The Mental Health Review Tribunal is conducting a project regarding the Electronic Recording of Tribunal hearings. They asked for feedback from patients, support persons, legal representatives, advocates, clinicians, family members and carers, or anyone else about how they feel about audio recording Tribunal hearings. Up until now, the only official record taken of the hearing has been the handwritten notes of the Tribunal members.
QAI made its submission on 11 March 2019.
We submitted that Tribunal hearings should be audio recorded for the following reasons:
- To ensure an accurate record of proceedings;
- To assist Tribunal members with the preparation of a statement of reasons and improve their quality. The large number of hearings, the similar nature of successive case details, and reliance on personal memory and handwritten notes can impede accurate recollection of hearings from which to prepare a statement of reasons, sometimes many days or weeks after the hearing has taken place;
- To assist in clarification of issues, even in the absence of a request for a statement of reasons, for example, discrepancies in limited community treatment conditions or reasons for an adjournment;
- To enable legal representatives to properly consider prospects of appeal, particularly where clients were not represented at the Tribunal hearing;
- To improve both Tribunal and legal representative engagement in hearings, who are currently occupied in taking detailed notes of the hearing;
- To improve client engagement and understanding of the process and their treating team’s reasons for making certain recommendations, which may ultimately improve their recovery;
- To facilitate natural justice and transparency;
- To support training and professional development of Tribunal staff.
Our recommendations were that:
QAI’s position is that Mental Health Review Tribunal hearings be audio-recorded.
This change to Tribunal process must be accompanied by education for patients about why proceedings are recorded and how that recording may be accessed and used. This education has to occur long before the hearing and will likely have to happen through clinicians, Independent Patient Rights Advisors, and legal advisors.
Patients (and their legal guardian) should, at least to begin with, have the ability to opt out of having their hearings recorded. While there was a difference of opinion between lawyers whether recording hearings was an access to justice issue which could not be opted out of, ultimately, the balance of opinion was that given the Tribunal was a therapeutic jurisprudence in which sensitive issues were being raised in a closed hearing, the patient should have the right to choose whether their hearing is recorded provided they have capacity to do so. In circumstances where the client lacks capacity, it may be appropriate for the Tribunal to rely on clinical evidence on whether recording hearings would cause serious harm to the health of the person, similar to a confidentiality order. It is noted that as time goes by, and recording hearings becomes more understood, accepted and widespread, this will become less of an issue. The ability to opt out might be limited to an initial 12-24 month roll out period following which recording hearings becomes compulsory.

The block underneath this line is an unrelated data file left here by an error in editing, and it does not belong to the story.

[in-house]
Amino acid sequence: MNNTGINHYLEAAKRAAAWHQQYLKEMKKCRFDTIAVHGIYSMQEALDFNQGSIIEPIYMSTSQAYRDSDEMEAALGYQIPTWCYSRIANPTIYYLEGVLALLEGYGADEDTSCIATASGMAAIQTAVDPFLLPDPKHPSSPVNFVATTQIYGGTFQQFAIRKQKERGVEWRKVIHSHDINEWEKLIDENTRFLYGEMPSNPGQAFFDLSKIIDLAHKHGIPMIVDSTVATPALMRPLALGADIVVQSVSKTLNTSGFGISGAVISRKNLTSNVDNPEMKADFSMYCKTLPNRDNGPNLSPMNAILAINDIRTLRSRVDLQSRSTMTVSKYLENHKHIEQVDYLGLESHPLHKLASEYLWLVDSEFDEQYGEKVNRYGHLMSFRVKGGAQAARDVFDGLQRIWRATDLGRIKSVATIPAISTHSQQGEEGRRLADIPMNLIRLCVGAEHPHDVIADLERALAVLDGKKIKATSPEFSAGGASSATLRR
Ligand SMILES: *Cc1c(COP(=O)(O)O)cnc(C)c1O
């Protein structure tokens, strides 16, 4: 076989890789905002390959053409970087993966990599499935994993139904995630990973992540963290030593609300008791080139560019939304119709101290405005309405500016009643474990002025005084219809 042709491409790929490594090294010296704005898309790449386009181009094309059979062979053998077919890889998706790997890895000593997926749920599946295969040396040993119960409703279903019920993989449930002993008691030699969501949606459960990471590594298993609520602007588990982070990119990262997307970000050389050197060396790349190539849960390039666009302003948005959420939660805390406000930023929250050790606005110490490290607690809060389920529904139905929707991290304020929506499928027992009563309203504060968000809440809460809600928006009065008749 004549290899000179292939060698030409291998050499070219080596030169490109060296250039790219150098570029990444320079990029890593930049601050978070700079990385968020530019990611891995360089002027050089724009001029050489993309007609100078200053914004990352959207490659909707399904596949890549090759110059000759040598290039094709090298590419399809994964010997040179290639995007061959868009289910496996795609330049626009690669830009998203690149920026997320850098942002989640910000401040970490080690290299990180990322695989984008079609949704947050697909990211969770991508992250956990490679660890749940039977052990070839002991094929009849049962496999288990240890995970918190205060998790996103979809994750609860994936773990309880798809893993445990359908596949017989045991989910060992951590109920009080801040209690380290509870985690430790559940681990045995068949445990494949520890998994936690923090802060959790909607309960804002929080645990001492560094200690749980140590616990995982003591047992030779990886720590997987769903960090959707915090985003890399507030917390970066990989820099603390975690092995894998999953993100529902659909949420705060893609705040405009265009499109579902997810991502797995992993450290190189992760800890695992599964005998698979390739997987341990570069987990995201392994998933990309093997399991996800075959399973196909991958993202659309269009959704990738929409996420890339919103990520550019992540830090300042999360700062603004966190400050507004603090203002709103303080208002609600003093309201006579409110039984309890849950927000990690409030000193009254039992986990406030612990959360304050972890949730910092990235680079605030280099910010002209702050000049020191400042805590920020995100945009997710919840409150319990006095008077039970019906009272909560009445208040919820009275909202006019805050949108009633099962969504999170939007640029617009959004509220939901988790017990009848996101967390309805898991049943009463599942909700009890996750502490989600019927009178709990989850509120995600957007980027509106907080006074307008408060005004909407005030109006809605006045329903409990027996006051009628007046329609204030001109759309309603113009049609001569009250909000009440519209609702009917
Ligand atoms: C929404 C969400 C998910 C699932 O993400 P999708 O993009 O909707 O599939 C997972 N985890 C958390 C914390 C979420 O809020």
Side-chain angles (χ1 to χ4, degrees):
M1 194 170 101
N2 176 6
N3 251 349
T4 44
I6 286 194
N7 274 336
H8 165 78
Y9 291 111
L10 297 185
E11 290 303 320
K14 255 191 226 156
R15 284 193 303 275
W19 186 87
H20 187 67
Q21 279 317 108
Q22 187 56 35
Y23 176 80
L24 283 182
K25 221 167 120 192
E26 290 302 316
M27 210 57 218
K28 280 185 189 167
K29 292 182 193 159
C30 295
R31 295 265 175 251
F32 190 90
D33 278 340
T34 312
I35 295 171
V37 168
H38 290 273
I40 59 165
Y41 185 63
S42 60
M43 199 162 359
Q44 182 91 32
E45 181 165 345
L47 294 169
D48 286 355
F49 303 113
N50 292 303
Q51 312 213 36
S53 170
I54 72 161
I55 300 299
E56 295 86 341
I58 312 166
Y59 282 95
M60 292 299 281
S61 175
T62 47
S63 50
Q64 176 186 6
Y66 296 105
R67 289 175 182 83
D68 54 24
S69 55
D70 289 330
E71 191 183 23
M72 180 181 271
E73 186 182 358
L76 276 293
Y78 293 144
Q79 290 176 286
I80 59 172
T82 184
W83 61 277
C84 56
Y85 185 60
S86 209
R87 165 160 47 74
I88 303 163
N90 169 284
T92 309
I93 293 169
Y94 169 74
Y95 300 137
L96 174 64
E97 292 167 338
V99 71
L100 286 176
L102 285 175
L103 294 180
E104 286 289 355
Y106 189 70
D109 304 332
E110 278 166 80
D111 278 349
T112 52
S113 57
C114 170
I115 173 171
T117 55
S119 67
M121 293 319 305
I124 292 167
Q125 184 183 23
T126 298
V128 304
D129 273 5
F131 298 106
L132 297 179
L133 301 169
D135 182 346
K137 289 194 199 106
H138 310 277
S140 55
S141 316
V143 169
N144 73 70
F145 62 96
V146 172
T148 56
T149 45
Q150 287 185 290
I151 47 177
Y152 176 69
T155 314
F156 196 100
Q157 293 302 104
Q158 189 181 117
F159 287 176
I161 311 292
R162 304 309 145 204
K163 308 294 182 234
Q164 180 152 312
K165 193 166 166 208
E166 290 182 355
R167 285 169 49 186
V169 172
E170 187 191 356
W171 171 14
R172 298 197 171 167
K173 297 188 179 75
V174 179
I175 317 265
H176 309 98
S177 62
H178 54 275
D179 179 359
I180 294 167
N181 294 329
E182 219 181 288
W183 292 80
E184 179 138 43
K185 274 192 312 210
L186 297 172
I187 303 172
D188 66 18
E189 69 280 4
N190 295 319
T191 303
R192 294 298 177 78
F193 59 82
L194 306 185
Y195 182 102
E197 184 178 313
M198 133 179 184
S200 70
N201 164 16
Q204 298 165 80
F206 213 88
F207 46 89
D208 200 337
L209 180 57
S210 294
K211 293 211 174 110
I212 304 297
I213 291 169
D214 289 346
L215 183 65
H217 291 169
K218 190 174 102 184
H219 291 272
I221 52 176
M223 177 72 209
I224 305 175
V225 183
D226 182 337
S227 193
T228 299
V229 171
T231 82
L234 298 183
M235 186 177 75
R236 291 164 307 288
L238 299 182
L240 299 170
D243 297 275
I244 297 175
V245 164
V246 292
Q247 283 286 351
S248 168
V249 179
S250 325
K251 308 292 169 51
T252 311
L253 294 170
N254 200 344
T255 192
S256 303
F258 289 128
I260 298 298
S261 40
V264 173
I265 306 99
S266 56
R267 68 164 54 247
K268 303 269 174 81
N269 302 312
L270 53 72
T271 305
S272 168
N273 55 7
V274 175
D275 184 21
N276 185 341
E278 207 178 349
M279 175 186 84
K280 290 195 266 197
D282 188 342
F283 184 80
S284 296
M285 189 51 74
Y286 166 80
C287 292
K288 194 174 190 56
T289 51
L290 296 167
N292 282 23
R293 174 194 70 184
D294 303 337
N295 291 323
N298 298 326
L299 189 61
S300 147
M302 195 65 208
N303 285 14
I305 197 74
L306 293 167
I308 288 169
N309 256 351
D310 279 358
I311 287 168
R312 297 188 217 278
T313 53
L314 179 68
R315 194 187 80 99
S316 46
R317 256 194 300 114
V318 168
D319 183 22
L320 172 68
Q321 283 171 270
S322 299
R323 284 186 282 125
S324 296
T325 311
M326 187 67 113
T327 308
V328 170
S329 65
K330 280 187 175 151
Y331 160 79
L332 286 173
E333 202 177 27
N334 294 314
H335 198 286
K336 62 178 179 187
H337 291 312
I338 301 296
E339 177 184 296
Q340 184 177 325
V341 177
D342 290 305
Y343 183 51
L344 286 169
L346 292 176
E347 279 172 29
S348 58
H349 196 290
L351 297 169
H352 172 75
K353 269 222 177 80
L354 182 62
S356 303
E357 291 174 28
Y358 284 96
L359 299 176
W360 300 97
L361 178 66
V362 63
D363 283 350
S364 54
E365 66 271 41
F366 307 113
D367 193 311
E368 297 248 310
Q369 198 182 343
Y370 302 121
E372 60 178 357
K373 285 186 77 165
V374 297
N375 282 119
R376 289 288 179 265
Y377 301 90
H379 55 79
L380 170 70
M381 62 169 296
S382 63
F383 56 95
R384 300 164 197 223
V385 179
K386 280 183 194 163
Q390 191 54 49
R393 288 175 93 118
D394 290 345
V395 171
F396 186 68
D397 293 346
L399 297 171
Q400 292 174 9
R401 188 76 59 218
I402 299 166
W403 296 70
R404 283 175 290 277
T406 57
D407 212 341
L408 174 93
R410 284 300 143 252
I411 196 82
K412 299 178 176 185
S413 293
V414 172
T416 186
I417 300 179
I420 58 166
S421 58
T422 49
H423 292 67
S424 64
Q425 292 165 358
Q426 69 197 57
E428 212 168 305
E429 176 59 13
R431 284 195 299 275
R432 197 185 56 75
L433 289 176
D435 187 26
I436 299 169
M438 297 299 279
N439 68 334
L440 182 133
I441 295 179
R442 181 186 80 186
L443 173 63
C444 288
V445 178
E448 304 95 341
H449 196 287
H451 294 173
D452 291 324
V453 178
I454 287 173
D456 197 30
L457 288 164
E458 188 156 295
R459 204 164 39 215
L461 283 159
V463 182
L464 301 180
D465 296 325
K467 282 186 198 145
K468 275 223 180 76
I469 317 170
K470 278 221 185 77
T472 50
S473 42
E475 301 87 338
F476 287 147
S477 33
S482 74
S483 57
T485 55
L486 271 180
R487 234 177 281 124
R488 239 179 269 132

At the least, recordings should be available to the Tribunal panel, the parties to the hearing, their legal representatives and any formally appointed guardian/attorney. There may be a case for allowing other people to have access to the recording, for example, the treating team or a non-legal representative, subject to the reason for the request and person’s privacy.
Recordings should be provided to the patient (and their legal representative and guardian/attorney) for free or at nominal cost.
There needs to be a clear written process for requesting and obtaining recordings. The process must include: any time limits on requests (we submit any time limits should be generous and based on genuine administrative limitations or burdens, which can be overcome by a legitimate reason for requesting the recording); and timeframes within which the Tribunal must respond to requests.
Audio-recordings should be available in a variety of formats to maximise accessibility and privacy, eg, deaf clients may need a transcription, while some clients might want to just listen to their recording so that they do not have to keep a CD with them.
We would support the provision of oral statements of reasons included as part of the audio recording of the hearing, to take place of written statements of reasons.